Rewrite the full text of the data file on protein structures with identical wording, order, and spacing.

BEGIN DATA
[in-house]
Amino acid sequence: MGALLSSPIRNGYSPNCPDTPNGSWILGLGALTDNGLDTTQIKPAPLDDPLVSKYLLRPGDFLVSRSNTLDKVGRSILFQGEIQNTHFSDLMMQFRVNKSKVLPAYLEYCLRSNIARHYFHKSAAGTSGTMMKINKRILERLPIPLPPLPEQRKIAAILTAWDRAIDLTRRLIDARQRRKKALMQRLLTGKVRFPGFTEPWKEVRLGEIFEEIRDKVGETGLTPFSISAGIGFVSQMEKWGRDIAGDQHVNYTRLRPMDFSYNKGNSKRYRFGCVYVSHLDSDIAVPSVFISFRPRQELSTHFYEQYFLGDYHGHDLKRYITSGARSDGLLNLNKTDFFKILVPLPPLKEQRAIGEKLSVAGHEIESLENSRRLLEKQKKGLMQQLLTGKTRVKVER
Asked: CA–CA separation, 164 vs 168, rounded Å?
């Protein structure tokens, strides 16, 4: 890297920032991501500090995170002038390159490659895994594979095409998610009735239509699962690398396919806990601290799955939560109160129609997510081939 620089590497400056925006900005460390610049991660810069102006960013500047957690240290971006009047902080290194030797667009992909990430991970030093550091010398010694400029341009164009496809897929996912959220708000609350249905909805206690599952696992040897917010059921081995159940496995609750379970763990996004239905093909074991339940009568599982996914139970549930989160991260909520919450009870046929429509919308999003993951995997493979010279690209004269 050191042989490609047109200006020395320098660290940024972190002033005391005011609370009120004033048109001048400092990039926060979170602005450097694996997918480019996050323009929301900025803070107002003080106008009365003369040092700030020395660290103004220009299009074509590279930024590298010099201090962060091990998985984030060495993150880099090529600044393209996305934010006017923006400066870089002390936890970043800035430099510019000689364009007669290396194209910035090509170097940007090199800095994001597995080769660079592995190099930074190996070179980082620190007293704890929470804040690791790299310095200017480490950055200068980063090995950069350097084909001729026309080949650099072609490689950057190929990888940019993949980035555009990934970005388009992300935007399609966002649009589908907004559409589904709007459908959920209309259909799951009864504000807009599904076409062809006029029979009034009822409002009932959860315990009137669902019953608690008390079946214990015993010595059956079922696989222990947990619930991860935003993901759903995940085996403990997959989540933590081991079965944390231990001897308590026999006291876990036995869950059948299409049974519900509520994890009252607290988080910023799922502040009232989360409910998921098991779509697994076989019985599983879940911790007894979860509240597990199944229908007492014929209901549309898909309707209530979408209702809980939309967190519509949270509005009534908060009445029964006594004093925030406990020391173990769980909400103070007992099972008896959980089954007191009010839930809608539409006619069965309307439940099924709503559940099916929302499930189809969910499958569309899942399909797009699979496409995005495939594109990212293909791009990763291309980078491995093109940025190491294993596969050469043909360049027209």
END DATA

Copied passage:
[in-house]
Amino acid sequence: MGALLSSPIRNGYSPNCPDTPNGSWILGLGALTDNGLDTTQIKPAPLDDPLVSKYLLRPGDFLVSRSNTLDKVGRSILFQGEIQNTHFSDLMMQFRVNKSKVLPAYLEYCLRSNIARHYFHKSAAGTSGTMMKINKRILERLPIPLPPLPEQRKIAAILTAWDRAIDLTRRLIDARQRRKKALMQRLLTGKVRFPGFTEPWKEVRLGEIFEEIRDKVGETGLTPFSISAGIGFVSQMEKWGRDIAGDQHVNYTRLRPMDFSYNKGNSKRYRFGCVYVSHLDSDIAVPSVFISFRPRQELSTHFYEQYFLGDYHGHDLKRYITSGARSDGLLNLNKTDFFKILVPLPPLKEQRAIGEKLSVAGHEIESLENSRRLLEKQKKGLMQQLLTGKTRVKVER
Asked: CA–CA separation, 164 vs 168, rounded Å?
């Protein structure tokens, strides 16, 4: 890297920032991501500090995170002038390159490659895994594979095409998610009735239509699962690398396919806990601290799955939560109160129609997510081939 620089590497400056925006900005460390610049991660810069102006960013500047957690240290971006009047902080290194030797667009992909990430991970030093550091010398010694400029341009164009496809897929996912959220708000609350249905909805206690599952696992040897917010059921081995159940496995609750379970763990996004239905093909074991339940009568599982996914139970549930989160991260909520919450009870046929429509919308999003993951995997493979010279690209004269 050191042989490609047109200006020395320098660290940024972190002033005391005011609370009120004033048109001048400092990039926060979170602005450097694996997918480019996050323009929301900025803070107002003080106008009365003369040092700030020395660290103004220009299009074509590279930024590298010099201090962060091990998985984030060495993150880099090529600044393209996305934010006017923006400066870089002390936890970043800035430099510019000689364009007669290396194209910035090509170097940007090199800095994001597995080769660079592995190099930074190996070179980082620190007293704890929470804040690791790299310095200017480490950055200068980063090995950069350097084909001729026309080949650099072609490689950057190929990888940019993949980035555009990934970005388009992300935007399609966002649009589908907004559409589904709007459908959920209309259909799951009864504000807009599904076409062809006029029979009034009822409002009932959860315990009137669902019953608690008390079946214990015993010595059956079922696989222990947990619930991860935003993901759903995940085996403990997959989540933590081991079965944390231990001897308590026999006291876990036995869950059948299409049974519900509520994890009252607290988080910023799922502040009232989360409910998921098991779509697994076989019985599983879940911790007894979860509240597990199944229908007492014929209901549309898909309707209530979408209702809980939309967190519509949270509005009534908060009445029964006594004093925030406990020391173990769980909400103070007992099972008896959980089954007191009010839930809608539409006619069965309307439940099924709503559940099916929302499930189809969910499958569309899942399909797009699979496409995005495939594109990212293909791009990763291309980078491995093109940025190491294993596969050469043909360049027209």